Category Archives: Drinking

Speculoos City

Most cafés in Northeast France serve a Belgian Speculoos biscuit with every tea or coffee you order. While you can find Speculoos throughout the country, it’s more at home in Lorraine, which shares a border with Belgium as well as the holiday of Saint Nicolas, when bakeries produce giant Speculoos cookies in the shape of the good saint. Whenever I was served a coffee in another region of France and received a chocolate chip cookie, it was a bitter disappointment.

The cookie is a basic spice cookie, which sounds plain but is completely addictive. I’ll prove it!! The flavor is so popular at the moment that you can buy gazillions of speculoos-flavored treats: cereal, pudding, toasts, spreads, and pastries. The spread is at least as deadly as Nutella. I don’t drink espresso all that often in the States, but some clever friends knew that when I did I would feel sad without that Speculoos on the side, and bought me a cookbook to make them at home, along with a ton of other dishes (speculoos pie crust, speculoos tiramisu with chevre and figs, apple/almond speculoos soufflés!) made with the flavor . Continue reading

Bmore Diaries: Pitango Gelato… AFFOGATO

Bastille Day in Baltimore dawned dark and pouring rain; actually kind of fitting for a girl who is trying to get back to the very rainiest and foggiest part of France. By 10 a.m. the clouds had rolled away, leaving a fresh breeze which lightened up our French-speaking picnic at Fort McHenry. A friend from New Jersey came down to meet me afterward and we made our way along the harbor in search of coffee, beer, or ice cream.

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La Maison Forestière

A nearby forest-bound sculpture garden.

The more idyllic the scenery, the harder it is for me to take pictures. That was the case this week when I visited one of my fellow teachers in Hennezel, France. It’s home to less than 450 people and completely surrounded by woods, but somehow cozy anyway. My host’s husband is a forestier; something like a woodsman or a forest ranger, who spends most of his days walking through the woods choosing the best trees to cut down while allowing the forest to prosper. Their house is a “maison forestière” heated entirely by wood with vegetable patches against the lean-to, and blossoming pear trees and lilac bushes.

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Café Culture

Espresso love in Amsterdam.

When Americans get together after work and on weekends, we join for happy hour, diner brunches and baseball and football games in sports bars. Sure we drink coffee, but Europeans cannot get their heads around the fact that there is no concept of meeting in a café during lunch break (what lunch break?) or after work. Just because we’ve exported mediocre coffee chains all over the planet doesn’t mean we have a café culture.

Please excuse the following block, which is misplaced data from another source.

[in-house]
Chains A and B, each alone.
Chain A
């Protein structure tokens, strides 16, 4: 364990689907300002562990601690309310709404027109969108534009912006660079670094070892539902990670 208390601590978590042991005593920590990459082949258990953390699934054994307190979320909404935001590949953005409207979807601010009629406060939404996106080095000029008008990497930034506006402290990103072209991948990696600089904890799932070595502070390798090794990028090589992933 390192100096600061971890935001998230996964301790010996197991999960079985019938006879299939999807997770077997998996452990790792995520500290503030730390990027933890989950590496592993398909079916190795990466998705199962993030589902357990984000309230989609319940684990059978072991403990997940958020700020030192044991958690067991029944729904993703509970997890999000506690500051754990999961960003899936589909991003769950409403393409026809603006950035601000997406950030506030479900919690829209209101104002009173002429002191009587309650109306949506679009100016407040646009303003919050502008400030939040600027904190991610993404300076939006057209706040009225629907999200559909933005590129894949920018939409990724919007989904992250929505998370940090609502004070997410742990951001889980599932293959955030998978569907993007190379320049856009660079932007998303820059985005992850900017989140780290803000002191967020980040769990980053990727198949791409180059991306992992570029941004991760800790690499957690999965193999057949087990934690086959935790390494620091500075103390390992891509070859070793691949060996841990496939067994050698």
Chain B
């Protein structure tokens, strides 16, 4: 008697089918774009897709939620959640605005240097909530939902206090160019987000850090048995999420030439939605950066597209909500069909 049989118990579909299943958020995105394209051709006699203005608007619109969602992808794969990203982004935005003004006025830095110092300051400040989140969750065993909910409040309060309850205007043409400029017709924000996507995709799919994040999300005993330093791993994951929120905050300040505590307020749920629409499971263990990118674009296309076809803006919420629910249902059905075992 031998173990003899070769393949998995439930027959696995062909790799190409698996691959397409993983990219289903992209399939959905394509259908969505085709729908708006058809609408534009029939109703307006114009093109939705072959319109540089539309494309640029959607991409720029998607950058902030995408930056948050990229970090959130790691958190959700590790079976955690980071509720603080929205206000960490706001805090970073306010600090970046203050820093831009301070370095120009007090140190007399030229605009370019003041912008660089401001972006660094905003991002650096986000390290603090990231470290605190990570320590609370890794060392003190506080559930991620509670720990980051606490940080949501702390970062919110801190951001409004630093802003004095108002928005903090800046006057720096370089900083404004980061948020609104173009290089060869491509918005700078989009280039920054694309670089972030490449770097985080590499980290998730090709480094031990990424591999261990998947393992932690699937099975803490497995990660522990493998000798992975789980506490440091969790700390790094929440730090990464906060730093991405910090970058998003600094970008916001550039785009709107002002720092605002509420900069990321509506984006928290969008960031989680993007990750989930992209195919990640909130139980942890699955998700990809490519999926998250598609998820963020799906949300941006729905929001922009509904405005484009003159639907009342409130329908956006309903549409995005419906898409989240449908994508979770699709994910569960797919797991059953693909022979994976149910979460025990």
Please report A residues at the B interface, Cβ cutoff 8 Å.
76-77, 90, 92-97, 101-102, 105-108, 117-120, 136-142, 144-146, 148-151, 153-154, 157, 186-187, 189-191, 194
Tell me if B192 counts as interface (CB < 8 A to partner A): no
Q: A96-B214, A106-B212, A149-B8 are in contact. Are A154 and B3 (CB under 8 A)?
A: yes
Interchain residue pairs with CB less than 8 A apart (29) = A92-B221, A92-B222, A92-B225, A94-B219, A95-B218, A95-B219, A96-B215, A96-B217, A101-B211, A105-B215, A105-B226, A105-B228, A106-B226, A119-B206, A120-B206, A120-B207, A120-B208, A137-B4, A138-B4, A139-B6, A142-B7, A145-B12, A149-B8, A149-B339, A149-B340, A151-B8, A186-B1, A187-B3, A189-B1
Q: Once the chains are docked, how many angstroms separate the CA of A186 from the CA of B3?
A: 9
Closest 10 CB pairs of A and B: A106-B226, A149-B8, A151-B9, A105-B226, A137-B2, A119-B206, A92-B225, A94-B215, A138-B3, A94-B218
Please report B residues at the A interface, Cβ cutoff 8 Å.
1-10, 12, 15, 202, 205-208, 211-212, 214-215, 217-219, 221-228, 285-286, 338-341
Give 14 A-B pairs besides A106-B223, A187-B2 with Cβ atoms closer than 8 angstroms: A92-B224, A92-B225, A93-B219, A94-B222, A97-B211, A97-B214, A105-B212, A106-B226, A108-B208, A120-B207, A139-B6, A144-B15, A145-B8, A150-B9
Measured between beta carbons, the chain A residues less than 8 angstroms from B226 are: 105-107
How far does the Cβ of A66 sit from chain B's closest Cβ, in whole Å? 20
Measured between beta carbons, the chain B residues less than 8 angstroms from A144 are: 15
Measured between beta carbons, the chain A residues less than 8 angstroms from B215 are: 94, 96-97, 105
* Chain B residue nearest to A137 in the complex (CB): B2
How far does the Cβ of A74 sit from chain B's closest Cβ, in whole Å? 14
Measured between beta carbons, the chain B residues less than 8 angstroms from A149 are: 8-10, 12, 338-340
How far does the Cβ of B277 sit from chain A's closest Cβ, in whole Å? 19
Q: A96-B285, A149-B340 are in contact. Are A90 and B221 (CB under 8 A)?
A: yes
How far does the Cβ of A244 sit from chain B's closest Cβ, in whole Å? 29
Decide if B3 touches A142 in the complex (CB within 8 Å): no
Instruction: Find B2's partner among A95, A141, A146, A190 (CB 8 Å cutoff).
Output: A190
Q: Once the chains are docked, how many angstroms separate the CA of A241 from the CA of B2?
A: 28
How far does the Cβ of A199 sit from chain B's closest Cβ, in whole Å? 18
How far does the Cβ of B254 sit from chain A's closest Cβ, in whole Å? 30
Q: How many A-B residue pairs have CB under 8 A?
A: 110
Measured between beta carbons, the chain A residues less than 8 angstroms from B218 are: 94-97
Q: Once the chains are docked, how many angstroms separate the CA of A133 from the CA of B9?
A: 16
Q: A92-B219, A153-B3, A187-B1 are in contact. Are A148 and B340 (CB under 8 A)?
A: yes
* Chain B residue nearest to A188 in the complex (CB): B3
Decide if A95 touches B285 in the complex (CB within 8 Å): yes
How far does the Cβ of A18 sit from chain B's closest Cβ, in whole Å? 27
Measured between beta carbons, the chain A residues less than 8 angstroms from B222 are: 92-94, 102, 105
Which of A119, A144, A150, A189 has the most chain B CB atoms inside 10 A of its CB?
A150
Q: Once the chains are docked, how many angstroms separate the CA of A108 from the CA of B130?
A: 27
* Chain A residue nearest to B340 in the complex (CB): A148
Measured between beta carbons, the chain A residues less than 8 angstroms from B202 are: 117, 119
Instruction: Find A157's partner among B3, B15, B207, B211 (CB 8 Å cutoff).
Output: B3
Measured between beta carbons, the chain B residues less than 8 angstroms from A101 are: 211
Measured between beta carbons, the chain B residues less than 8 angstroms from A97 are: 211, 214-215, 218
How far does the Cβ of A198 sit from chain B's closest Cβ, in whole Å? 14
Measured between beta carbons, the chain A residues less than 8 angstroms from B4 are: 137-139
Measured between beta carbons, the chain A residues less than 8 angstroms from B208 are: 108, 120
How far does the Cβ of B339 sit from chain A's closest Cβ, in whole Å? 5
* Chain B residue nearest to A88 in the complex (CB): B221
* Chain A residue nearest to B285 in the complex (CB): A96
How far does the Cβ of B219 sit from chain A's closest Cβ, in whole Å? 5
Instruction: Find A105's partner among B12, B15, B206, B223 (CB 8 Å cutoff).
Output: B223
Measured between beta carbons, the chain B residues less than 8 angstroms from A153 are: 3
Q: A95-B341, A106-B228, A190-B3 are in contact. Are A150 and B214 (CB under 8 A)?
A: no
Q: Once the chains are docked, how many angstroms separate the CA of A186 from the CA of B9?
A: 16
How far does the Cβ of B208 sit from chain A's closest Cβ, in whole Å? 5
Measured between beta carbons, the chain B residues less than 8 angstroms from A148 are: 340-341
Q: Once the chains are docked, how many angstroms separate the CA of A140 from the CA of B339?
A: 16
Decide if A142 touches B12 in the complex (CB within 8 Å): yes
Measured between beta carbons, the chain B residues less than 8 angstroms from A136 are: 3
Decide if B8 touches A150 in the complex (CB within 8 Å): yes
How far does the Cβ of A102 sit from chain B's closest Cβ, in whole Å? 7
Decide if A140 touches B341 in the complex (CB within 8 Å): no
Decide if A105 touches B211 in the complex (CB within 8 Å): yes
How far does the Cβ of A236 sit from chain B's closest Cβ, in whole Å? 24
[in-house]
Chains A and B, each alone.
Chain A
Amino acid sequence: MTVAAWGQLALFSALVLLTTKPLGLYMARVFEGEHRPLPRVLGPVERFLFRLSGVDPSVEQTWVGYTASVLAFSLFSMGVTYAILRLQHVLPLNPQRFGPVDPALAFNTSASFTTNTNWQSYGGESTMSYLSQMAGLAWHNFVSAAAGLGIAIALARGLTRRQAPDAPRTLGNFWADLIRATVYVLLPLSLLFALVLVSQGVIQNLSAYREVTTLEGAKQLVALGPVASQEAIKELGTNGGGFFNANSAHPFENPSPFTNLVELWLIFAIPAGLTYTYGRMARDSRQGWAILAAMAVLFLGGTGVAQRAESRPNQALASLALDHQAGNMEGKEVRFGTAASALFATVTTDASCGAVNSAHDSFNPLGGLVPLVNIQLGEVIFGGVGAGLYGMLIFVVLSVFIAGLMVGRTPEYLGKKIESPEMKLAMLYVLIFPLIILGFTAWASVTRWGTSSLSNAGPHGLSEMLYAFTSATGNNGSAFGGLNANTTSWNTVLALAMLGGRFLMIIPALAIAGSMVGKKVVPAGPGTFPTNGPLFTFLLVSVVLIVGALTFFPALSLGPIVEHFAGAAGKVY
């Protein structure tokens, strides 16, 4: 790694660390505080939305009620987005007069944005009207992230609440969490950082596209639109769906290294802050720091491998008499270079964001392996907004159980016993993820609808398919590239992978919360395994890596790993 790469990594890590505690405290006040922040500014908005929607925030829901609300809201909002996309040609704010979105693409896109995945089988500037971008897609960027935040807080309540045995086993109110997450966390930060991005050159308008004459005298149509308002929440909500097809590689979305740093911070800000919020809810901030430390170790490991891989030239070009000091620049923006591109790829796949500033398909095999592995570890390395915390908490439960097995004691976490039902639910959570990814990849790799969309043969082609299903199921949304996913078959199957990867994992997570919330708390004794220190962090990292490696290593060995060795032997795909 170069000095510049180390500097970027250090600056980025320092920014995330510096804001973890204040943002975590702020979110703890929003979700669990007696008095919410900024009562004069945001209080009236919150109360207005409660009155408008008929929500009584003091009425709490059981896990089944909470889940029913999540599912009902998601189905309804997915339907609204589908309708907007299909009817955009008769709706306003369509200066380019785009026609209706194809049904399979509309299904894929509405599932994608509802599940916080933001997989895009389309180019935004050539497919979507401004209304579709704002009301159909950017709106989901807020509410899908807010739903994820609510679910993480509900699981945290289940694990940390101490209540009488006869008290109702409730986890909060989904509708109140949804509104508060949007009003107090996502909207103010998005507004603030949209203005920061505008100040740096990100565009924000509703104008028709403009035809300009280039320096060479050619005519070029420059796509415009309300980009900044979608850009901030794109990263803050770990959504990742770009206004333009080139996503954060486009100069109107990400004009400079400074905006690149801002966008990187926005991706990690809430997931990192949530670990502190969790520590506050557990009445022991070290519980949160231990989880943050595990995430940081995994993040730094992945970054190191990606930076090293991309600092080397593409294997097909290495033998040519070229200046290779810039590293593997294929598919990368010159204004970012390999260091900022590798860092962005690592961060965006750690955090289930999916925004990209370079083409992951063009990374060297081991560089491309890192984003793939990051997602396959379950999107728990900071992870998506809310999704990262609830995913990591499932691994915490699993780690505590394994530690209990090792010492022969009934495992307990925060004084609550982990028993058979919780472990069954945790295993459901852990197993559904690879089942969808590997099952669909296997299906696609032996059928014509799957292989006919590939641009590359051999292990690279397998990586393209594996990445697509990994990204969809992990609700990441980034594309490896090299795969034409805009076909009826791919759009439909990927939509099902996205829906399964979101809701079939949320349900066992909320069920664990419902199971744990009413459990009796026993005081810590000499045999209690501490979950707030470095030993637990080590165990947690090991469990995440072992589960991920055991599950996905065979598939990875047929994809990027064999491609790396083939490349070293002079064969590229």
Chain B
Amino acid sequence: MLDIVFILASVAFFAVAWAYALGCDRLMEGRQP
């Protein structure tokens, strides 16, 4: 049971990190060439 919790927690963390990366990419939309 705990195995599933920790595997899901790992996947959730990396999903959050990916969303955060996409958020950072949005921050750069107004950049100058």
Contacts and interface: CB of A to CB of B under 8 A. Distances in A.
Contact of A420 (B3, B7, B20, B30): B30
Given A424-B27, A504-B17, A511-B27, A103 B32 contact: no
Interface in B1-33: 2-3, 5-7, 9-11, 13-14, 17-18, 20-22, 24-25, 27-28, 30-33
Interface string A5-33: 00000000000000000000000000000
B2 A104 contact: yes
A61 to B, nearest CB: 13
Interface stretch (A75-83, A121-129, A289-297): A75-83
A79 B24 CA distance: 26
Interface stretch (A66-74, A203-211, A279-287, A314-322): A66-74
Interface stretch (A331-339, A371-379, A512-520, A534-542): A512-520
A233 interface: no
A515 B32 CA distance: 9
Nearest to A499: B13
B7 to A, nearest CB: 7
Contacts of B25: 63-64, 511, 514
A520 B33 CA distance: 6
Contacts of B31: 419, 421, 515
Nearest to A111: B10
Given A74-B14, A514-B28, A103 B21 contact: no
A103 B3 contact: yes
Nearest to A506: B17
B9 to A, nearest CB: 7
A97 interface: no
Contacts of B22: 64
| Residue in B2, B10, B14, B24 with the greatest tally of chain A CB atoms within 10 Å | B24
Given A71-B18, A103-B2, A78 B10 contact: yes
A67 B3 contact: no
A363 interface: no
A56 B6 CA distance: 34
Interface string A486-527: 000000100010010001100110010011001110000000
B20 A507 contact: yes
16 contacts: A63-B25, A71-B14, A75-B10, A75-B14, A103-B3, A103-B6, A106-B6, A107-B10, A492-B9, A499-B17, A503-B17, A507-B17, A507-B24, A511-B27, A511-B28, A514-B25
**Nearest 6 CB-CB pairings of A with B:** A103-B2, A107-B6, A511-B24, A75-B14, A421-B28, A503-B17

In France I am in a café at least a few times a week. But this weekend I took a spur-of-the-moment trip to Amsterdam and am ready to make the controversial statement that the Netherlands has the clear lead in the gold medal race of bar-and-coffee ambience. I should note that this has absolutely no relation to smoking pot: I had actually expected to avoid coffee shops because of smoke clouds; herbal or otherwise. This would have been tragic, because every bar or café we stopped in (three or four daily) was welcoming and warm, and each had a vibe all its own.

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Alsace’s Route du Vin, and “Grandmas Are Awesome”

This is not the first time I’ve said this, nor is it by any means the last. Despite living in a backwoods Bermuda triangle that seems to hold onto locals, I’ve met a number of amazing older women. Women who have lived in Zaïre. Women who moved to London without housing and spent two months hiding under a friend’s bed at night. Women who have bathed in a hot stream with Bjork (really!) and hiked the Camino de Santiago post-retirement.

And last weekend, women in their 80s who speak four languages and can tell you everything on earth about the history of wine, Alsace, and France.

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Bedouin Mint Tea in the White Desert

Cairo last Tuesday was so smoggy that buildings on the other side of the Nile were blurry by 9 a.m. On Wednesday night the White Desert, nearly 250 miles southwest of the capital, was nothing but cool sand, flowing black sky dotted with stars, and silence.

A popular trip out of Cairo is overnight tours of the white and black deserts, and we definitely needed more nature in our vacation. It was only one night tent-less under the open sky with two guides from nearby Bahariya, but it turned out to be one of the more thrilling parts of 10 days in Egypt. The very best part was not hiking or sandboarding, but wandering around the white desert rocks and chatting and laughing in the night around the palm-fed fire.